"Tod Smith is an outstanding leader whose diverse sales, marketing, research and management experience makes him a terrific choice to lead our Tucson television operations," said Skip Cass, executive vice president/media operations, in a press release. "(I) am thrilled that he will be rejoining Belo as general manager of two of the company's fastest-growing television stations."
Smith returns to Belo after a stint with a New Orleans advertising agency, but his path to the top spot at Belo's two Tucson TV entities didn't go exclusively through media-related locales. He spent nearly a decade with Shell Oil in Houston and Tulsa before returning to his hometown of New Orleans, where he began his career under the Belo umbrella as a marketing executive for WWL TV. He moved up the ladder to local sales manager in 1999, and also served in a recruiting capacity and as a lecturer for the Belo Sales Academy. Smith taught marketing in an adjunct capacity for Tulane University from 2002-2005. He spent 18 months with the Peter A. Mayer advertising agency before returning to Belo for the Tucson opportunities.
Smith has a degree in management from Loyola University in New Orleans and is active in numerous New Orleans civic organizations, highlighted by his involvement as a member of the board of directors for Lighthouse of the Blind and in an advisory board capacity for the United Negro College Fund, Louisiana region.
PICKEL, ANDERSEN LEAVE KOLD
KOLD Channel 13 news anchor Kris Pickel is heading west to anchor the 4 p.m. newscast for KOVR in Sacramento. Pickel and Randy Garsee have been behind the desk for the pivotal weeknight 6 and 10 p.m. newscasts during KOLD's rise to No. 1 in the local news ratings. Pickel has worked for KOLD since 1997.
Pickel is the second KOLD employee to leave for Sacramento within a month. Arran Andersen, the station's No. 2 sports reporter, accepted a position at the same station, and actually played a major role in breaking the Pickel story locally. Andersen called his former cohorts at The Shootout on KCUB AM 1290, the afternoon talk show hosted by the KOLD sports team. (Full disclosure: I get a paycheck from KCUB for doing pregame and postgame UA shows.)
Andersen suggested something might be in the air, and Pickel confirmed the report on the radio shortly thereafter.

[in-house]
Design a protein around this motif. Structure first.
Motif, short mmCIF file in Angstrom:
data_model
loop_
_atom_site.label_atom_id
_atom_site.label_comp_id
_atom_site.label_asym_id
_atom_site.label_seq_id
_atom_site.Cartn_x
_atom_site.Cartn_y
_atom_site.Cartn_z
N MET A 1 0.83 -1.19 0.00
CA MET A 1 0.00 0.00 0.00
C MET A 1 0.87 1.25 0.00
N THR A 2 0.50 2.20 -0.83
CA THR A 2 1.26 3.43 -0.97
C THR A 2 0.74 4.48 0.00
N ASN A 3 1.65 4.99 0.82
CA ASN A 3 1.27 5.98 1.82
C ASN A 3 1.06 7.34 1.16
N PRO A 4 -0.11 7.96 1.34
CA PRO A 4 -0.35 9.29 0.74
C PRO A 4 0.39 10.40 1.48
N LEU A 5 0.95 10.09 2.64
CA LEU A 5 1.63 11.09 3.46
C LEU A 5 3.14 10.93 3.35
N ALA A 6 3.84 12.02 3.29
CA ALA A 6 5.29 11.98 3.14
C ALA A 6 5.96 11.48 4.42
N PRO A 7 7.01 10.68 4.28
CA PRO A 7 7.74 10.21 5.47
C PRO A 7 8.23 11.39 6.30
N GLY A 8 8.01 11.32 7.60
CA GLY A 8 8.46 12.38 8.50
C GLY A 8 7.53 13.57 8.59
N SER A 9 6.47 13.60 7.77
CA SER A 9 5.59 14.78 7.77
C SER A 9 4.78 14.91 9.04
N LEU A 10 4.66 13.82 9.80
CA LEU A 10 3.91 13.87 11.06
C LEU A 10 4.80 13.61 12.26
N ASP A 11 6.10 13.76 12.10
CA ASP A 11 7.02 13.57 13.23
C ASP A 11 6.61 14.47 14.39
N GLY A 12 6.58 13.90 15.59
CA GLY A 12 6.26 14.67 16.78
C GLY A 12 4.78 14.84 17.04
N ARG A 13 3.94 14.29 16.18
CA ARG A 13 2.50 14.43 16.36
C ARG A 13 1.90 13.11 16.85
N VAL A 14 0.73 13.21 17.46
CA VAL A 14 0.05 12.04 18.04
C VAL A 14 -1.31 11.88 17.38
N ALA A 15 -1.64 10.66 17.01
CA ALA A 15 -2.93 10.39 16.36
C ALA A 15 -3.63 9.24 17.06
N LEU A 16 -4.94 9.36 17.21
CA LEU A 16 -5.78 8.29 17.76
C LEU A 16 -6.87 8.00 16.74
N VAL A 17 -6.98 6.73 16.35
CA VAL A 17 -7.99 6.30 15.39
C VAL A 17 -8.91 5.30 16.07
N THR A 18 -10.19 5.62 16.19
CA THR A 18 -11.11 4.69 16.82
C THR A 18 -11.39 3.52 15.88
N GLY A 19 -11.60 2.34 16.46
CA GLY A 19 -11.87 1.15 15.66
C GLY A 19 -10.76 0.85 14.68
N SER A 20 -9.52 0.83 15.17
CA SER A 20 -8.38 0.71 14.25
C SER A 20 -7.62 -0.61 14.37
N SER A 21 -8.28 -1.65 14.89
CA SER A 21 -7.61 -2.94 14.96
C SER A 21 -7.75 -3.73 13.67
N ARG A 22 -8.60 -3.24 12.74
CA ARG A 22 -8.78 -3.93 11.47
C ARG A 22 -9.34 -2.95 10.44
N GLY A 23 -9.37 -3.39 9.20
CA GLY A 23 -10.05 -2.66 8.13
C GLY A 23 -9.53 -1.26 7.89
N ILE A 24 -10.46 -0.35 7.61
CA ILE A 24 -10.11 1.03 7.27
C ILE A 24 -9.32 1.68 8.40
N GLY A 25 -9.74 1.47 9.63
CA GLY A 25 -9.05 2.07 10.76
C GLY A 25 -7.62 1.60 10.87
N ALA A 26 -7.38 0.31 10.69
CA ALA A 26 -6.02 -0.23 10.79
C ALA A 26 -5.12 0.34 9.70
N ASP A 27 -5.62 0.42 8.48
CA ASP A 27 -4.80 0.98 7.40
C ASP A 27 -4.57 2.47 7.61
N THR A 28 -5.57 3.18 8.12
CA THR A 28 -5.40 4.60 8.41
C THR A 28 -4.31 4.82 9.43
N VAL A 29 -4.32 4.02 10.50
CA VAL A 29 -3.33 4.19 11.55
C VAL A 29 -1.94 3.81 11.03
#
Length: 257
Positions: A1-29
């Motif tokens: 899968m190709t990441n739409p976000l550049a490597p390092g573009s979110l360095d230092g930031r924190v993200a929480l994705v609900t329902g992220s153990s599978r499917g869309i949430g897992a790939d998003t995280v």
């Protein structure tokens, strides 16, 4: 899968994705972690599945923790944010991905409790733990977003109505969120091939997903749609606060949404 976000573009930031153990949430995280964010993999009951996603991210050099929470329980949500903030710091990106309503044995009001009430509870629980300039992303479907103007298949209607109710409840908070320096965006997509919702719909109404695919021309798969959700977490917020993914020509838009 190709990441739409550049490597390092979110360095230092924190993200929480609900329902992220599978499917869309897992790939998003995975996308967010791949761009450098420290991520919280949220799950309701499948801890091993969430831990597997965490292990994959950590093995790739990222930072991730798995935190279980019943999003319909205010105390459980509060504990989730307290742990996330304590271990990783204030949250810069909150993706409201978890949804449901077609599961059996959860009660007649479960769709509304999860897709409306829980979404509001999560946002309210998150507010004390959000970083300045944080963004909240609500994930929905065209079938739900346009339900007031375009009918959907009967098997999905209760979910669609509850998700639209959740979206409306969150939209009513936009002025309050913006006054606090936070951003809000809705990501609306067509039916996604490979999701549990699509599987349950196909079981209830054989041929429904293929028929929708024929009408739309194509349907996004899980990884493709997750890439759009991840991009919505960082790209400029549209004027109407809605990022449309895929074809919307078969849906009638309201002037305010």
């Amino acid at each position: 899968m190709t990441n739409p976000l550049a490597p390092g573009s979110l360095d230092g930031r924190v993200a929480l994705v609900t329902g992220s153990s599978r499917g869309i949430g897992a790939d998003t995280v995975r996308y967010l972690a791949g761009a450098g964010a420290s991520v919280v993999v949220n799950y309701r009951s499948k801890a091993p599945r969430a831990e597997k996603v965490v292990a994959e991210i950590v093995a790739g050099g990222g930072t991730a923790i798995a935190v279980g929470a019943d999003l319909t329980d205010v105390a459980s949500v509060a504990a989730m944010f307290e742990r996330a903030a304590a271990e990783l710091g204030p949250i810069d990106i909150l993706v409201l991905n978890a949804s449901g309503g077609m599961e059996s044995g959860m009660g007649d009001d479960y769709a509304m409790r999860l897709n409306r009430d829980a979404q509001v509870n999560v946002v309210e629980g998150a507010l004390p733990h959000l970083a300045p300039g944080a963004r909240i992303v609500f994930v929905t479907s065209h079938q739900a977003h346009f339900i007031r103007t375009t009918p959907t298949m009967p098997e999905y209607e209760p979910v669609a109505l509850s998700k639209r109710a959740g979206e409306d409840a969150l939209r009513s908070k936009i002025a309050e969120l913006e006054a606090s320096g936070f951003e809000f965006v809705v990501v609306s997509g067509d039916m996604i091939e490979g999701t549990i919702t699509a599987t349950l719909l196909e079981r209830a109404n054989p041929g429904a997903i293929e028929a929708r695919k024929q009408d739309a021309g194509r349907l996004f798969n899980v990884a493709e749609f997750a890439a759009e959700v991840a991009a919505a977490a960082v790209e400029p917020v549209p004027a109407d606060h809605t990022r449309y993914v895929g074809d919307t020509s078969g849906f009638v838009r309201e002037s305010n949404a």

Andersen almost accepted a position in Philadelphia, but pulled out of those talks at the last moment; the Sacramento opportunity became available shortly thereafter.
'ROADSHOW' BACK IN TUCSONThe Old Pueblo made quite a splash with the folks at Antiques Roadshow, the popular PBS appraisal series. When Ted Kuntz traipsed into the event in 1999 to determine a worth for his Navajo blanket, he had no idea he'd be making Antiques Roadshow history. His "national treasure" Navajo blanket appraised between $250,000 and $500,000, which remains a Roadshow record to this day.
Tucson has been tabbed as one of six cities represented during the show's 2006 appraisal tour. Antiques Roadshow will tape its primary appraisal segment beginning at 7 a.m., Saturday, June 17, at the Tucson Convention Center, but has plans to visit and spotlight the Tucson Rodeo Parade Museum, horse-themed art objects at the Tucson Museum of Art and a Navajo jewelry art studio.
The program and accompanying features will air in 2007.
STARNET BEGINS ASSOCIATION WITH FASTPITCH SOFTBALLAs the Arizona Heat begins season No. 3 as a member of the National Pro Fastpitch softball league, azstarnet.com will provide an outlet for local broadcasts. It marks the second partnership between Starnet and Brian Baltosiewich, who discontinued Sports Apocalypse, touted as the nation's first Internet-based sportstalk program, in January after four years on the Arizona Daily Star Web site.
In addition to Heat broadcasts, Baltosiewich will also host NPF Weekly, an Internet-based program that will provide a comprehensive look at the goings-on around the NPF league. The launch broadcast was Tuesday. It is available in mp3 and streaming formats at the NPF Web site (www.profastpitch.com).
"I approached the league about a weekly program that could provide content involving all teams each week, keeping fans in touch with the league on days when there are no games," Baltosiewich said. "The league's Thursday through Sunday schedule means there are three days a week that the league is dark. Well, not any more."
The program will feature a player of the week interview, recaps and previews, a coaching clinic and other player interviews and features.
"As the program grows, I expect to field listener e-mails and talk to league officials about the state of the league," Baltosiewich said. "This is a great opportunity for the league to develop a seven-day-a-week presence, and for me to talk about sports, which I'd be doing most of the time anyway."
Baltosiewich expects new programs to be posted on Monday evenings, for Tuesday-morning listening by fans.
"I'm excited," Baltosiewich said. "I think this time around, the NPF is here to make some noise; it's a great product. Hopefully, I can add to that equation and keep the league in the mind of the fans between weekends."